Making Much Of A Depressed Housing Market
This is part two to my article on leveraging all-time lows in the housing market all over the country. Here I’ll talk about some do’s and don’ts of buying off the bottom of the market. (See part one, where I discussed the broad housing market, threw out a couple of ideas for financing, and gave some tips on goals).
Do – be ready for some work. Cheap is almost free, but not quite. The reason it is a deal is because nobody else wanted to do the work. Make sure you either have the time and motivation to do the work yourself, or have built into your budget the cost to pay someone else to spend the time needed to make this house a home.
Do – get help. A realtor will be a valuable asset, and as a buyer, the services are usually free. Often the seller has negotiated a percent, 6% is standard, to go to the selling agent. In that contract the selling agent usually agrees to a split if there is a buyer’s agent. A realtor can help you thoroughly canvas the market in your area, and often has first notice on new houses coming on the market. Inspectors can also be helpful—if pricy. Nevertheless, a home inspector can help you identify possible trouble before you commit to purchasing. Always be sure to negotiate into the purchase contract an inspection period. Finally, as far as inspectors go, only hire an inspector after you have looked at a home and are ready to move forward—don’t spend time and money on an inspection that you could have avoided by doing a little sleuthing yourself.
Do – your research. Even if this isn’t going to be your primary residence, research the neighborhood. Go by the house at night. Ask neighbors about how they feel about the area. Research the history of the home you are interested in. You can find public tax records, septic records, well records, right of way records and the deed recorded at the county court-house.
Do – have a plan. What is your plan for this house? A home for yourself? An investment? Have a timeline and a budget. Be sure to over budget at least 10% in both time and money. If you don’t spend it and finish early, great!
Do – go where others don’t go. Be ready to see some vine-covered ruins and cobweb shrouded vacancies. Fearlessly plunge forward and investigate. Could the ruins be renovated? Could the cobwebs be cleaned? Could weeds be pulled? What would a bucket of paint do?
Do – look for potential in what others pass by. This relates to the last point. Pull back the vines and brush away cobwebs and look for the potential underneath. One potential often overlooked is the neighborhood. Is it a nice neighborhood with nice homes? Look at housing prices around you and buy the lowest price on the block—that way when you renovate and refinish your home can come up to meet the price of homes around you.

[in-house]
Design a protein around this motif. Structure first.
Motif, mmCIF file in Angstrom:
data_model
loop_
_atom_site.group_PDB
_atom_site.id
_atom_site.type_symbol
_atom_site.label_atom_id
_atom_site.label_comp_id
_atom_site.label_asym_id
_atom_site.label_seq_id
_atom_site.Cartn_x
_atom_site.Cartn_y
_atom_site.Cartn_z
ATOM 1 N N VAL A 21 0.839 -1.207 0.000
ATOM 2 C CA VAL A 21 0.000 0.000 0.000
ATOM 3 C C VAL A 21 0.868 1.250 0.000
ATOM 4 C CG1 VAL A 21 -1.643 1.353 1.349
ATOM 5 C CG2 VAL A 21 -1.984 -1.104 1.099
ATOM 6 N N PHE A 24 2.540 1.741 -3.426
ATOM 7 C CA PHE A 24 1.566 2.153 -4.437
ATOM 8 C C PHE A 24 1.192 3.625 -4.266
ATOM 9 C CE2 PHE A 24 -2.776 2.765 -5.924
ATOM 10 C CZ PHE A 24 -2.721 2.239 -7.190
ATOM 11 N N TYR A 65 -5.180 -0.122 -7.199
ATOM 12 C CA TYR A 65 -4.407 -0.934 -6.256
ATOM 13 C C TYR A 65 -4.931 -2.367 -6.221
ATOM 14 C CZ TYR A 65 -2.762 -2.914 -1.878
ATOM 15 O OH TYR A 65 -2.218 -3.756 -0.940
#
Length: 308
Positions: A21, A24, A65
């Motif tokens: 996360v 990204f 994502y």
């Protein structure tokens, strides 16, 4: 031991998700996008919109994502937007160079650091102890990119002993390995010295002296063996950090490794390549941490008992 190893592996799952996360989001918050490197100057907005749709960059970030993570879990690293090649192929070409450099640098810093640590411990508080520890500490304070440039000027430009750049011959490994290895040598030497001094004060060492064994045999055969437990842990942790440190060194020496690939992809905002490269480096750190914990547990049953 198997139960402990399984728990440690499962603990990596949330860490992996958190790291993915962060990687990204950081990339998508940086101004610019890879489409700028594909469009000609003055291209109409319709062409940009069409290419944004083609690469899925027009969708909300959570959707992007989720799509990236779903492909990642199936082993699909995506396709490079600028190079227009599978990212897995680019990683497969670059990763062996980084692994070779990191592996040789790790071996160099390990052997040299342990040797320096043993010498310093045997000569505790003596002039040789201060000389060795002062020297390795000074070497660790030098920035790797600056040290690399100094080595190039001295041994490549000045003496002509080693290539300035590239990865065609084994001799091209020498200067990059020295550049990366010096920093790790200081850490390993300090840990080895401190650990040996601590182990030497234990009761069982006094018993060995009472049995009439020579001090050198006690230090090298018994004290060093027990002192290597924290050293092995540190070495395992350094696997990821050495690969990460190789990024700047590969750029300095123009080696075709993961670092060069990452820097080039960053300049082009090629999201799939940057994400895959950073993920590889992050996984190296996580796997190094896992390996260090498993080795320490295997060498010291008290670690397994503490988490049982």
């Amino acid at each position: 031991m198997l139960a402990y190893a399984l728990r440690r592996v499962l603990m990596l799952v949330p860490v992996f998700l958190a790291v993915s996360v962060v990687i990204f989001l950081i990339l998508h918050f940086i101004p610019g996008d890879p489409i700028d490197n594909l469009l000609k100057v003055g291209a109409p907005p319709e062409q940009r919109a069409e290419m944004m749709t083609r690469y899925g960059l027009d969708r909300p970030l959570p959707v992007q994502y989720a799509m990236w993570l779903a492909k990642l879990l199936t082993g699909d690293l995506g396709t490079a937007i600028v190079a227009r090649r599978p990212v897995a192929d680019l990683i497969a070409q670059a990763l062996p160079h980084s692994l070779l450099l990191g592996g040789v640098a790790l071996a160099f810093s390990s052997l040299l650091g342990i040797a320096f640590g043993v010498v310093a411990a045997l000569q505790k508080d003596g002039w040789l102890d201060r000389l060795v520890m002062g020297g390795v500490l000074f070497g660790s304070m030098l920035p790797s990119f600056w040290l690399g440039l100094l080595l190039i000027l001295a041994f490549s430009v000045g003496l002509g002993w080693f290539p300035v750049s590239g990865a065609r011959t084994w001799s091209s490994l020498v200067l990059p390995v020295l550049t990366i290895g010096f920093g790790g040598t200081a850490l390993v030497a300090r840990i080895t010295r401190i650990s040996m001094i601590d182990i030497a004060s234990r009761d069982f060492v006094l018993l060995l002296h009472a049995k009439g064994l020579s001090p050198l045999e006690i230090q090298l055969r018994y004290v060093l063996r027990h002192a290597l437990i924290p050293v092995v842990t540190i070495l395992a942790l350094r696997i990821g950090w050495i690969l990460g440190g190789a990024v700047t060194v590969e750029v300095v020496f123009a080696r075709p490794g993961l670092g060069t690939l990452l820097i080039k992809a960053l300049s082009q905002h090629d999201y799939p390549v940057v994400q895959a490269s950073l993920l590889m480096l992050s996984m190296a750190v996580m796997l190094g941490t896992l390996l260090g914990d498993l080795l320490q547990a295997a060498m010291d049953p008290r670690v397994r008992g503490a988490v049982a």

Do – look at a lot of houses. Even if the first home you see is ‘the one,’ take the time to look at other homes. If you are prone to jumping in too quickly, make yourself a quota of sorts—make yourself see a certain number of homes before you commit to buy.
Don’t – get ‘buyer’s fever’—you will see some homes that look like a good deal; don’t get so excited that you don’t take the time to do the above steps. Take the time to do your research and get help, do the ground work, and save yourself some heartache (and backache!) later.
Don’t – go for heavy structural or foundational damage—at least not without some serious thought and planning. Structural unsoundness or foundational damage are good signs of a bit of money to be invested before your home is move in ready.
Don’t – be afraid of spiders. What this means is you will probably see trash, dust, mold, and a lot of spiders. Look through the mess to see the potential underneath. What can be cleaned? Painted? What has to be replaced? Look at the home through a new lens: one that shows the unique potential underneath the cobwebs.
Don’t – look at the house through rose-colored glasses. Have a potential budget, estimate how much it would cost to remodel—any house could be a mansion if you throw enough money at it; avoid that exercise. Be realistic about what you would or would not do to the house. Have short and long-term goals. On the last two foreclosures I bought I spent about $2,500 and $2000 respectively in remodeling costs.
Don’t – hire inspectors for every home you look at. If you don’t have the experience have dependable friends or acquaintances that have experience in construction or home inspection come with you to prospects that look serious, but be sure you have done a look first.
Don’t – be afraid to ask questions. The realtor you engaged is a resource—ask them questions about the property, title insurance, tax records, (as mentioned, much of this is available to you at your local county courthouse). One owner? Multiple owners? Liens?
So, you’ve found a house, you’ve done your research, you’ve inspected, you feel ready for the next step. What now? Next article I’ll discuss negotiation and closing process, what to expect, what to look for and how to leverage the weight of the market on the particular property you are looking at.
Meanwhile, what's your story? Something to add? Please leave a comment below!